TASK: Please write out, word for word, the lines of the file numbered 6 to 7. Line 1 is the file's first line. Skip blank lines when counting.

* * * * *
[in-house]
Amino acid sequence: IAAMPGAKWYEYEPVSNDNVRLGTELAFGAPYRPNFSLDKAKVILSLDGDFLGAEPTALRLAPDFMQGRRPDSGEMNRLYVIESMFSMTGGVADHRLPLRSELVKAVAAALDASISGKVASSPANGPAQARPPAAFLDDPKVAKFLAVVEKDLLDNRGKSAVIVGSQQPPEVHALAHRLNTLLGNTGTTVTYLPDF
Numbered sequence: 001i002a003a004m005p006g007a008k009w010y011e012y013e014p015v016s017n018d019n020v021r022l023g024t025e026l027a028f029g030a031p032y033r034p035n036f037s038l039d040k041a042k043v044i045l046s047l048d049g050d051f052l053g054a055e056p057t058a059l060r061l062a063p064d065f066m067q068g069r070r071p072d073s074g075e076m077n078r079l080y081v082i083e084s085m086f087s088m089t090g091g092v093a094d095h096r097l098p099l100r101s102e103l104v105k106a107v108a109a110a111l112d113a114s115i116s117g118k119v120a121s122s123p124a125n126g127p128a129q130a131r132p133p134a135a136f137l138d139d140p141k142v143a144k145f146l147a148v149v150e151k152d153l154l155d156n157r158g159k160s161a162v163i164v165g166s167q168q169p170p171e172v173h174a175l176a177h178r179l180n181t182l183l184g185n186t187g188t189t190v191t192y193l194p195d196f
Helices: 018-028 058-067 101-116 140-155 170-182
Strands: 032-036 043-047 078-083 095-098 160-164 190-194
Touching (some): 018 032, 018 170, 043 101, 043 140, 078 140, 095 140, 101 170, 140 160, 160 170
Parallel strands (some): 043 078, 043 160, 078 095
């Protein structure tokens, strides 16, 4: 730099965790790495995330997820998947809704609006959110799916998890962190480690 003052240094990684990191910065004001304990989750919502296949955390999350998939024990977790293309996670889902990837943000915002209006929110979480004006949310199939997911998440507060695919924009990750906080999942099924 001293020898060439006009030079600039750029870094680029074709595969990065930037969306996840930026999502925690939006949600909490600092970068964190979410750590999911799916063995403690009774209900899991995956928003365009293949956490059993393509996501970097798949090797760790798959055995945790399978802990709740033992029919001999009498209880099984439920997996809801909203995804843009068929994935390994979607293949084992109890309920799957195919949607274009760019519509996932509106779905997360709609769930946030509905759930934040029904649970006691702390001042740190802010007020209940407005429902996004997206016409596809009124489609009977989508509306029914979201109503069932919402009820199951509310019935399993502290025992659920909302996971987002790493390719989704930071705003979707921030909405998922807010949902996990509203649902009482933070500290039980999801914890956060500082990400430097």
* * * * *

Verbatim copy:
Touching (some): 018 032, 018 170, 043 101, 043 140, 078 140, 095 140, 101 170, 140 160, 160 170
Parallel strands (some): 043 078, 043 160, 078 095